JANUARY Boldog Új Évet Kívánunk - PDF

William penn Life JANUARY 2013 Boldog Új Évet Kívánunk Sugar Bay Resort and Spa St. Thomas, US Virgin Islands WPA Island Escape April 26 - May 1, 2013 Join WPA for some fun in the Caribbean sun when we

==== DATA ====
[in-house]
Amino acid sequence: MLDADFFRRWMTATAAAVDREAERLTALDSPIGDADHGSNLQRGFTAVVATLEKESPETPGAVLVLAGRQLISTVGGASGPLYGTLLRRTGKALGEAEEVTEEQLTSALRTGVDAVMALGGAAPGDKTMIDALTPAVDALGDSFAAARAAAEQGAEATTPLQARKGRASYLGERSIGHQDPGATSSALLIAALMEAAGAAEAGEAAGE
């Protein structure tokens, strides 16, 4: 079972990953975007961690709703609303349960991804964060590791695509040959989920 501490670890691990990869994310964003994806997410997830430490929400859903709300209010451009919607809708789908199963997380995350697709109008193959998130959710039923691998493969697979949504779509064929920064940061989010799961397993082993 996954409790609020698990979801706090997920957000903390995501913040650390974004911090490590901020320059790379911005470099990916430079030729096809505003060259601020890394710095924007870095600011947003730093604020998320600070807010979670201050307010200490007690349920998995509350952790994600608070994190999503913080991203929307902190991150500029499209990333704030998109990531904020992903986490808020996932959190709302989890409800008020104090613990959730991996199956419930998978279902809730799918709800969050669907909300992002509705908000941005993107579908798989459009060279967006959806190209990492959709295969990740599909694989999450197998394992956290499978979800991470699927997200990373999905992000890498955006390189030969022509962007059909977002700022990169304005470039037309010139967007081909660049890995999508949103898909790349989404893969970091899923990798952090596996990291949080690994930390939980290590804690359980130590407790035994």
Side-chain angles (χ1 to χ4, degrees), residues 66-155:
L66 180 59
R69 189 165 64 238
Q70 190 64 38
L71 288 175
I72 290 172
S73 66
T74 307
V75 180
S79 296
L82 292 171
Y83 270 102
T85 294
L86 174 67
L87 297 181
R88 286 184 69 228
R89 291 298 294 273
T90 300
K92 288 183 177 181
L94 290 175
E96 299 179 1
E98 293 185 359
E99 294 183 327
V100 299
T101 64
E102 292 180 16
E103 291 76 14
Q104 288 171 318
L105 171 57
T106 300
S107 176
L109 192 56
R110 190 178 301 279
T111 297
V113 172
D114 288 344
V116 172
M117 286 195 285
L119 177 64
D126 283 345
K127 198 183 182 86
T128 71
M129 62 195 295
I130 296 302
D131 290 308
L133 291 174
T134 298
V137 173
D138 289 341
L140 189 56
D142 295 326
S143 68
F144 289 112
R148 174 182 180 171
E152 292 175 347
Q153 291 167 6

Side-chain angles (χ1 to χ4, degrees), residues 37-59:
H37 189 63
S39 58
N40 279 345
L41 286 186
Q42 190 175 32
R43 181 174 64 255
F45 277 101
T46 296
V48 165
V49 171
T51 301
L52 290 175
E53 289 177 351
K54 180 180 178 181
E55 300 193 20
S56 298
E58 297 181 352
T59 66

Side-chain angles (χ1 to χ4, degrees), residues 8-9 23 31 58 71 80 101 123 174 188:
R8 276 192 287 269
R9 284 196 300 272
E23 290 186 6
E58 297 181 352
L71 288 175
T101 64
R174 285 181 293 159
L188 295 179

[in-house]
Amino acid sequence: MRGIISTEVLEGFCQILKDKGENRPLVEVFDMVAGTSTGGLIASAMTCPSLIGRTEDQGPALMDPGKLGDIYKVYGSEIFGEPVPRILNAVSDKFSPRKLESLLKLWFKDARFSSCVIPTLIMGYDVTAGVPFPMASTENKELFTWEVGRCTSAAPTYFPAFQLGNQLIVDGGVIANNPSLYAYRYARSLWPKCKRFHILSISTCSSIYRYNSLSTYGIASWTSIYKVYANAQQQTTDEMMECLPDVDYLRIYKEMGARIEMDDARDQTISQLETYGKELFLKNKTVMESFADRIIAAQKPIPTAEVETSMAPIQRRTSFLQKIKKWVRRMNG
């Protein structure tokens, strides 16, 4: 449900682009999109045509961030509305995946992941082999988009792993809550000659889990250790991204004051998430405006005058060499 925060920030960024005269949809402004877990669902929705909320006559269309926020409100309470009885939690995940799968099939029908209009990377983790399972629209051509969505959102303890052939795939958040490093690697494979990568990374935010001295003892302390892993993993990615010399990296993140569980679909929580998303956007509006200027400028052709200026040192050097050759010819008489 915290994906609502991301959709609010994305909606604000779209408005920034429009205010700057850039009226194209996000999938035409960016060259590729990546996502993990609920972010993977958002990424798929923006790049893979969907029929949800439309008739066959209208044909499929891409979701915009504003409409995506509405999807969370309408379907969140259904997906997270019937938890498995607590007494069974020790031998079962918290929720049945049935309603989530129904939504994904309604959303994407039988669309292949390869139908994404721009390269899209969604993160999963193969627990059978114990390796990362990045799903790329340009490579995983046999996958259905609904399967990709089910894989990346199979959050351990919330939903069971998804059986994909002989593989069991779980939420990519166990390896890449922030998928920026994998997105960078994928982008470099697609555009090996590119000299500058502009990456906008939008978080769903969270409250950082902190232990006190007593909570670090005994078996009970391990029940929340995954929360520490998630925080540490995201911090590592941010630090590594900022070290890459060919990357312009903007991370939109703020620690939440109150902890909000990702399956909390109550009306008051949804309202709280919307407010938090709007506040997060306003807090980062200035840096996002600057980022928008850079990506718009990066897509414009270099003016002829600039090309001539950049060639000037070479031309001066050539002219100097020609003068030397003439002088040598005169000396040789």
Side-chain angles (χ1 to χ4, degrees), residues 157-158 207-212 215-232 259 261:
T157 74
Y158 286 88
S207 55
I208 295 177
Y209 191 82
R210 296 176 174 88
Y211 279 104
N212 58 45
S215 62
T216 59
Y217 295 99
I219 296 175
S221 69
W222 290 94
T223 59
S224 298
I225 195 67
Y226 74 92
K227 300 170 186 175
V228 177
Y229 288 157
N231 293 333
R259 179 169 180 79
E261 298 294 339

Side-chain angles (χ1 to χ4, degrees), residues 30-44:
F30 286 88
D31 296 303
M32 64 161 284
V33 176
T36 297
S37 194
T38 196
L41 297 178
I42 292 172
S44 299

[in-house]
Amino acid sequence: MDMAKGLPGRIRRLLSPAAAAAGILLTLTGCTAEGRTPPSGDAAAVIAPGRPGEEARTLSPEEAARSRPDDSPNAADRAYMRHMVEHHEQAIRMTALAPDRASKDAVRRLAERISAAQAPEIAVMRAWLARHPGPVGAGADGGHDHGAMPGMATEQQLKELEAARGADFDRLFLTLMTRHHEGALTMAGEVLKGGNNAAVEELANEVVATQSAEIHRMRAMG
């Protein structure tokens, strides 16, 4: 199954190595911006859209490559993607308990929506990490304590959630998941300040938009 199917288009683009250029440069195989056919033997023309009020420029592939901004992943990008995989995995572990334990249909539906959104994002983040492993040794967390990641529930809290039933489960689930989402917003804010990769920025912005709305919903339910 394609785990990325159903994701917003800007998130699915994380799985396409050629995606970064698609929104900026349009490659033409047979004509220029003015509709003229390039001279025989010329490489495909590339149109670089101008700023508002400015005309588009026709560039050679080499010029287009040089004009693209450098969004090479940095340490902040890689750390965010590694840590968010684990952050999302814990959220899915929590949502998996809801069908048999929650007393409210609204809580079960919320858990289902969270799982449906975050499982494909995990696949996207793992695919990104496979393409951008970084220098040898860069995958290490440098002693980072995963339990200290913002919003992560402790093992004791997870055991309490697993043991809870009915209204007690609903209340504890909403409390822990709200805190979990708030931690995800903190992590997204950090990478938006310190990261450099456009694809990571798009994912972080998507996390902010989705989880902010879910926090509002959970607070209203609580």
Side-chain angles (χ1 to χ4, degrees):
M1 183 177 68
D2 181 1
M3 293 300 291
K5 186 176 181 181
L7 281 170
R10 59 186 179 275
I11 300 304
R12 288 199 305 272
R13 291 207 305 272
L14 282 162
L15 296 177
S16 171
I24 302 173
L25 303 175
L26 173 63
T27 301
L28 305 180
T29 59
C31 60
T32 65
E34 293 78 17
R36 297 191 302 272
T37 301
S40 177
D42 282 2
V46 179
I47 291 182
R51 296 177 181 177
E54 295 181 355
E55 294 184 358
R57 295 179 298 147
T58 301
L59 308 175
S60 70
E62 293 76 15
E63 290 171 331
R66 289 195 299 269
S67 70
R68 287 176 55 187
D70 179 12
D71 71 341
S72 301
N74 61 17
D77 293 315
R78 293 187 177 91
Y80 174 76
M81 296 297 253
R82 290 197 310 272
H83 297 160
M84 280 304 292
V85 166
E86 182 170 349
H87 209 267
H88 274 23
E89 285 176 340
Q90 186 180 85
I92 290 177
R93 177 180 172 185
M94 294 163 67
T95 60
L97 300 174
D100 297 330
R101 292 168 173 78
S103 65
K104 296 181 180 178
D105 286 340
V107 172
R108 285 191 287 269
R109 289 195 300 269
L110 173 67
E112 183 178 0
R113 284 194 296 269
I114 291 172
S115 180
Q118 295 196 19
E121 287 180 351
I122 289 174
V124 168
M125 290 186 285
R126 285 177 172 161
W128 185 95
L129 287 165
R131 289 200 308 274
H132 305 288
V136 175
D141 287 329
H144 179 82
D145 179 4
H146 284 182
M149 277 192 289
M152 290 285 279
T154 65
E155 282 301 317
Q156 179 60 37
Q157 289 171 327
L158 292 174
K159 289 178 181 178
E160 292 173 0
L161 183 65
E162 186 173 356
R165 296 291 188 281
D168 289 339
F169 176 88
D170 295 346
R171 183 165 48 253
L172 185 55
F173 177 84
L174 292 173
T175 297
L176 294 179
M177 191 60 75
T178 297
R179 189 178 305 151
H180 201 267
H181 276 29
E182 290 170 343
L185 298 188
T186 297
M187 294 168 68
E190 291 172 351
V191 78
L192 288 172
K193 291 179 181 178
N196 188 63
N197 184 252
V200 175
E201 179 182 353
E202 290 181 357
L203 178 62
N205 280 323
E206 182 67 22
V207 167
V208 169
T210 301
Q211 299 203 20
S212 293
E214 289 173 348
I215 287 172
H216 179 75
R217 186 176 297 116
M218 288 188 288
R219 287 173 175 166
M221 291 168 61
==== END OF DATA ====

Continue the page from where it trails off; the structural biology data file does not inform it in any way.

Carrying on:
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William penn Life JANUARY 2013 Boldog Új Évet Kívánunk Sugar Bay Resort and Spa St. Thomas, US Virgin Islands WPA Island Escape April 26 - May 1, 2013 Join WPA for some fun in the Caribbean sun when we visit beautiful St. Thomas in the U.S. Virgin Islands this coming spring. This trip is open to all adult members ages 18 and over who enjoy sunny skies, blue water, warm beaches, relaxing days and fun nights. We ll be staying at the incredible SUGAR BAY RESRT AND SPA which overlooks both Water Bay and the Atlantic cean. Your all-inclusive package will include roundtrip airfare; luxurious accommodations for five nights (double occupancy); breakfast, lunch and dinner daily during restaurant hours (some restrictions may apply); unlimited house brand cocktails, domestic beer, wine by the glass and nonalcoholic beverages during restaurant & bar hours; use of pool side Jacuzzi, three interconnecting pools and fitness center; non-motorized water sports; snorkeling equipment; beach and pool volleyball; miniature golf; daily activity programs; use of tennis and basketball courts; and a free introduction to SCUBA lesson. $1, per member (based on double occupancy) For more information and to reserve your place in the sun, call Premier Travel at r, fill out the reservation form below and send it to Premier Travel, along with your deposit of $500 per person. Deadline for reservations is January 7, WPA Island Escape Reservation Form Name: Date of Birth: Address: City: State: Zip Code: Phone No.: ( ) Person to contact in case of emergency: Phone: ( ) Send this form--along with your deposit of $ per person made payable to Premier Travel --to: Premier Travel 306 Warrendale Road Wexford, PA 15090 william penn Life The fficial Publication of William Penn Association Editor-in-Chief George S. Charles, Jr. Associate Editors Richard W. Toth Diane M. Torma Endre Csoman Managing Editor Graphic Designer John E. Lovasz NATINAL FFICERS National President George S. Charles, Jr. National V.P.-Secretary Richard W. Toth National V.P.-Treasurer Diane M. Torma National V.P.-Fraternal Endre Csoman BARD F DIRECTRS Chair Barbara A. House Vice Chairs William J. Bero Nickolas M. Kotik National Directors Dennis A. Chobody Andrew W. McNelis Roger G. Nagy Katherine E. Novak James W. Robertson Richard E. Sarosi Anne Marie Schmidt Your comments are always welcome. Contact us at: William Penn Life William Penn Association 709 Brighton Road Pittsburgh, PA Phone: Inside VLUME 48 NUMBER 1 JANUARY Bowling for Fun! Join us for a great fraternal weekend at The Meadows May 3 & 4 14 WPFA Scholarship Foundation Eligibility Rules & Application Form 18 A Fraternal Christmas Columns 3 Branching ut 4 Moneywise 6 Tibor s Take 8 The Hungarian Kitchen 11 ur Health Corner Cover Photo Donfiore/Dreamstime.com fficial publication of the William Penn Association. Published monthly. ffice of publication: 709 Brighton Road, Pittsburgh, PA Phone: (412) Third Class U.S. Postage Paid. Indiana, PA Permit No. 12 Departments 2 For Starters 5 Agents Corner 20 Branch News 27 Puzzle Contest 28 In Memoriam Unsolicited articles, letters, pictures and other material submitted to the William Penn Life are forwarded at the owner s risk, and the William Penn Life expressly denies any responsibility for their safekeeping or return. The William Penn Life reserves the right to edit, revise or reject any article submitted for publication. Postmaster: If undelivered, please send form 3579 to: William Penn Association, 709 Brighton Road, Pittsburgh, PA William Penn Life º January 2013 º 1 For Starters Help the victims of Hurricane Sandy Hurricane Sandy was one of the most destructive hurricanes on record, causing more than $20 billion in damages in New England, the Mid-Atlantic region and the Upper Midwest. WPA has many members and friends living in areas affected by Sandy. As fraternalists, we are dedicated to helping others in need, and in the wake of Sandy, the need is great. If each of us gives a little, we can do a lot. WPA is accepting donations to aid the victims of Hurricane Sandy through the William Penn Association Foundation. Make your check payable to William Penn Association Foundation and write Hurricane Sandy in the memo section. Please send donations to: Hurricane Sandy Relief c/o William Penn Association Foundation 709 Brighton Road Pittsburgh, PA Spouses and friends of WPA Board members recently led a project sharing the Fraternal Spirit with young patients at Children s Hospital of Pittsburgh. Early in December, they delivered a check for $1,000, representing funds donated by William Penn Association. The donation will help the hospital provide much needed medical care to children whose families could not otherwise afford it. Helping with this special project were: (l-r) Becky Williams, Nancy Toth and Marguerite McNelis. Association mourns loss of Frank J. Radvany FRANK J. RADVANY National Director Secretary of the Board Emeritus TRENTN, NJ -- The members of Branch 13 Trenton, the Association s fficial Family and WPA members across the nation mourned the recent death of former National Director and Secretary of the Board Emeritus Frank J. Radvany. Mr. Radvany, 94, passed away Dec. 7, Anyone who has attended just about any of WPA s national events over the past 50 years most likely knew Mr. Radvany. He and his loving wife of 65 years, Elsie, were the elegant, friendly couple who greeted everyone with a smile. Mr. Radvany faithfully served the Association and Branch 13 for decades, continuing a legacy of service to WPA begun by his father, Frank. The younger Frank was president of his branch for many years. He was first elected to the Board of Directors in 1967 and served as a National Director until 1988, when he retired from the Board and accepted an appointment to serve as the Board s secretary, a difficult and time-consuming job that he performed with unsurpassed attention, accuracy and dedication. He continued to serve as secretary until 2001, when he was again elected as a National Director. He retired for the second in Continued on page 28 2 º January 2013 º William Penn Life Branching ut with Endre Csoman Winter fraternal activities THERE ARE MANY WAYS to give back to the community and to the people in your local area. William Penn Association is happy to be a part of Pittsburgh and has recently donated time and funds to some local charities in n Dec. 6, 2012, volunteers from the Home ffice delivered four carloads of food (pictured below) to the food pantry at the Northside Common Ministries, bringing to a close our Food Drive WPA donated exactly pounds of non-perishable food. Much of that was donated by our Association s members, branches and friends. That total also included $ worth of food purchased with monetary donations made to our food drive. The program directors at the food pantry sincerely appreciated all of the effort and donations. We couldn t have done this without the generous donations of WPA members and branches, friends in local Hungarian churches, the Home ffice, Board of Directors and National fficers. Thank you, one and all! Also last month, WPA donated $1,000 to Pittsburgh Children s Hospital Fund Drive (see story at left). We have been honored to have been able to donate to this worthwhile charity year after year. For the fourth year in a row, WPA donated two dinners for the Ronald McDonald House Charities for the Christmas season. We ordered the meals from Giant Eagle and they were delivered on Dec. 17, 2012, to the Ronald McDonald House in Pittsburgh. The meals included turkey, mashed potatoes and gravy, stuffing, green beans almondine, carrot soufflé, cranberry orange sauce, dinner rolls and, of course, pumpkin pie. A BIG THANK YU to those branches who held Christmas parties. These parties are an important part of our fraternal society as we share the holiday spirit with each other and those less fortunate. N ANTHER NTE, there will be a Hungarian cultural event in Pittsburgh on Jan. 31. Mária Majda Guessous--a.k.a., Mesi--will be singing Hungarian folk songs live at the First Hungarian Reformed Church of National Vice President-Fraternal Endre Csoman (in blue jacket) and Home ffice employee Judit Borsay (far right), along with volunteers at the Northside Common Ministries food pantry, help unload and sort donations from WPA s Food Drive Pittsburgh. For ticket information, please contact me at , ext Mesi was the winner of the 2011 Hungarian nationwide Folkbeats talent search competition. She is performing courtesy of the Hungarian Cultural Center, New York and Centrum Management. Mesi (pictured left) not only performs ancient Hungarian folk songs but also builds musical bridges to her other ethnic connections, sure to surprise audiences. She will be accompanied by two musicians who will assure musical depth to the wonderful folk-music voyage: Iván Barvich, from the famous Sebő Ensemble, will play wind instruments and tambura; and Dávid Boros Gerzson, Mesi s husband, will play percussive instruments. For more information about Mesi, visit www. guessousmajdamaria.hu. William Penn Life º January 2013 º 3 Moneywise with Jeff DeSantes Understanding underwriting WHEN IT CMES to buying life insurance, the younger you are when you purchase it, the more likely your premiums will be lower. Young people are encouraged to purchase life insurance as early in life as possible in order to take advantage of their youth and good health with lower premiums. This makes you think and wonder why premiums are different for younger people and why they can be different for those who are close in age. That s because before you can purchase coverage, you must meet specific requirements. This process is known as risk selection or underwriting. The underwriting process helps the insurer determine the rate you will pay, based on the level of risk you pose. Auto insurance helps illustrate this concept. Good drivers pay less for coverage than do poor drivers. Also, young drivers, who tend to be more at risk, pay more than mature drivers. The key concept is that the amount of premium is based on the amount of risk. Life insurance is similar. For instance, a cigarette smoker presents a higher risk and has a shorter life expectancy than a non-smoker. Therefore, as a rule, a smoker will pay higher premiums for life insurance than will a non-smoker for the same amount and type of coverage. When you apply for life insurance, an underwriter will examine a number of factors based on the organization s underwriting standards and guidelines. These include: Your current health and physical condition. Your medical history. Your vocation. ccupations with higher risk present a higher risk. Personal habits, including tobacco use and history of alcohol or drug use. Your avocations and hobbies (private pilot vs. card player). Your age. A 60-year-old applicant will pay a higher rate than a 30-year-old. Your gender. Since women have a longer life expectancy, rates for women tend to be lower than those for men. This is why it is very important to get life insurance as early as you can before any health issues arise. Health conditions can cause a person to be rated at a higher premium or even to lose the ability to buy more insurance. But, many people forget this and mistakenly believe, as they age, that their need for life insurance doesn t exist anymore just because their reasons for needing insurance have changed. If you do not have a WPA agent, please call the Home ffice at , ext. 120, and we can assist you in finding an agent who will serve you and your family by offering: A Review of Your Needs Life Insurance Protection Tax-Deferred Annuities Juvenile Insurance Plans Special Fraternal Benefits 4 º January 2013 º William Penn Life Illustration: Can Stock Photo Inc./nasir1164 Agents Corner Illustration: Pictac/Dreamstime.Com Nick Constantino Goshen, NY Nick was born and raised in Middletown, N.Y., where he maintained his office until he moved three years ago eight miles away to the range County seat of Goshen. Nick has worked in the insurance business for 17 years, focusing primarily on final expense life insurance and annuities, voluntary employee benefits and non-medical programs for employees without health insurance coverage. Nick is very active in his community. He is a member and past president of the Wallkill East Rotary Club and the district secretary for Rotary District He is also a member of the board of directors of HNRehg, Inc., the county s homeless and emergency housing shelter, serving as chairman of the public relations and development committee. He is an ordained minister who truly enjoys officiating at weddings. Combining this with his financial background, Nick has developed a workshop entitled Marriage & Money, which is currently being offered by two local community colleges and a private four-year college in his area. The workshop explores ways for couples to openly discuss finances before and after tying the knot. He has been married for 14 years to his lifelong friend, Jill, a Middletown High School art teacher and president of the Middletown Art Group. Nick enjoys spreading the word about the unique niche products offered by WPA and will continue offering our life and annuity products to new and future clients throughout New York State. Agent Profile WPA is looking for a few good agents who want to grow with us William Penn Association is looking to grow and expand its reach in current and possibly new markets. To do this we are seeking to add highly motivated agents to our list of over 200 existing agents. WPA currently writes insurance and annuity products in 20 states. The states include; CA, CT, DC, FL, IL, IN, KY, MD, MA, MI, M, NC, NE, NJ, NY, H, PA, VA, WV and WI. To grow, we need both full-time and part-time agents. Good agents are the lifeblood of any association, and WPA is a strong and growing association that has much to offer our members and the agents who write for us. If you are interested in an opportunity to grow with us, then contact Barbi Tew at , ext.120, or Jeff DeSantes at ext.134. Thank you. Illustration: Robertds/Dreamstime.Com William Penn Life º January 2013 º 5 Tibor s Take with Tibor Check, Jr. Resolutions IN THE STILL and silent halls of the law library, I often allow myself a few minutes to let my mind wander from the dry work that occupies much of my day. My thoughts do not wander far, as above my head, memorialized for all time in large bronze tablets, are passages from the great laws of history. Sumerian cuneiform preserves the Code of Hammurabi. Ancient Greek brings forth the Laws of Solon. Regal Latin performs its intricate grammatical dance to form the Twelve Tables of Roman Law. The foreign and long-forgotten language of the Iroquois ushers their laws into the 21st Century. Then, finally, familiar English reminds us of the power of the law with Plessy v. Ferguson and its more enlightened cousin, Brown v. Board of Education. It is no surprise my thoughts are unable to do more than contemplate the great deeds of great people. Entranced and intoxicated by the sheer weight of history, my thoughts wonder instead of wander. Then, some interruption returns me to the bare reality of studying for commercial law. Yet, what does any of this have to do with Tibor s Take? I suspect that I am at that point in my life when a young man decides what he will do with his future. At times, I have a solid, unflinching vision of my destiny; at other times, like now, I can barely do anything besides wax poetic about what may be. A good place to start, I suppose, would be with a list of things to be accomplished in the coming year. Acknowledging that this year may very well determine if my destiny will be shared with the destiny of the American-Hungarian community, I offer you a list of what I resolve to do with Tibor s Take during the coming year and some topics I wish to explore in this space. 1. Bring a new perspective to Tibor s Take. 2. Highlight the past with the musical memory of the Kara-Nemeth orchestra. 3. Make sacrifice mean something: Give young people something to fight for, and they will. 4. Wear your heart on your sleeve, Part 1: Determining what drives the brains behind Magyar Marketing. 5. Wear your heart on your sleeve, Part 2: exploring new possibilities with New York Pince. 6. Hungarian-Americans in the 21st Century: What are the long-term plans of the Hungarian-American Coalition? 7. The crown jewel of Hungarian gathering places: The 75th anniversary of the Hungarian Cultural Garden of Cleveland, hio. 8. You can always go home again: Finding and reaching out to my Hungarian family. 9. Hungarian sweet tooth: Farkas Bakery and its role in the wider Hungarian community. 10. The Hungarian Cultural Museum of Cleveland, hio: How history and culture are maintained inside Cleveland s Galleria. 11. Your Hungarian neighborhood is alive and well on the Internet. In this coming year, I want to take a completely new outlook on my ethnic existence. I want to focus on what is right with our community instead of what is wrong. I am tired of buying into the false mythology of decline, decay and death that has possessed some individuals and organizations like a specter from the crypt of forgotten history. I want to show everyone--especially the youngest among us--that you can have your cake and eat it too; that Hungarian culture can be enjoyed and celebrated without losing or sacrificing any vital parts of your person. 6 º January 2013 º William Penn Life Tibor s Take Did you know they re Hungarian? I want to ensure that Tibor s Take is not remembered as the last will and testament of the Magyars of Middle America. Instead, I want my column to be drowned out and surpassed by the future deeds of my family and of members of our Hungarian communities everywhere. I want this year to be only the first step in ushering in a new age of understanding and culture. I want the spirit of our community to be like a star ascendant. It can be so, and I encourage you all to make a resolution to make this year step one in a long journey of reawakening and revival. Éljen a Magyar! Tibor II Tibor Check Jr. is a member of Branch 28 Youngstown, hio, and a student at the Cleveland-Marshall College of Law. He serves as a host of the Souvenirs of Hungary weekly radio show broadcast on WKTL-90.7 FM in Struthers, hio. Let s hear your take Let me know how you enjoy my thoughts and views on growing up Hungarian Style. If you have any questions or comments about me or my column, please me at: or drop me a letter in care of the William Penn Association, 709 Brighton Road, Pittsburgh, PA Recently, while doing research on the internet, I came across an article about the Magnificent Eleven, the famous series of 11 photographs taken on maha Beach during the D-Day invasion. There were many more photos taken of the American side of the assault, but a series of mistakes and mishaps pared the original number of 106 photographs down to the 11. Those remaining pictures set the bar of artistic quality for future war photojournalists to follow. As I scrolled through the gruesome portrayal of human suffering and death, I learned that the person responsible for those photos was a Hungarian. Endre Friedman was born on ct. 22, 1913, in Budapest. His parents were tailors, but he wanted to be a writer. At age 18 he left Hungary because he saw very little opportunity to better himself. While traveling throughout Europe, he acquired training in photography. As a young man he became affiliated with many artisans and students that were from the Marxist side of the political ledger. Work for photographers was hard to come by. He realized that his name may be a hindrance to his professional advancement. About that same time he saw that the land of opportunity, America, was the place to immigrate to. He changed his name to Robert Capa. Cápa, Friedman s nickname in school, means shark in Hu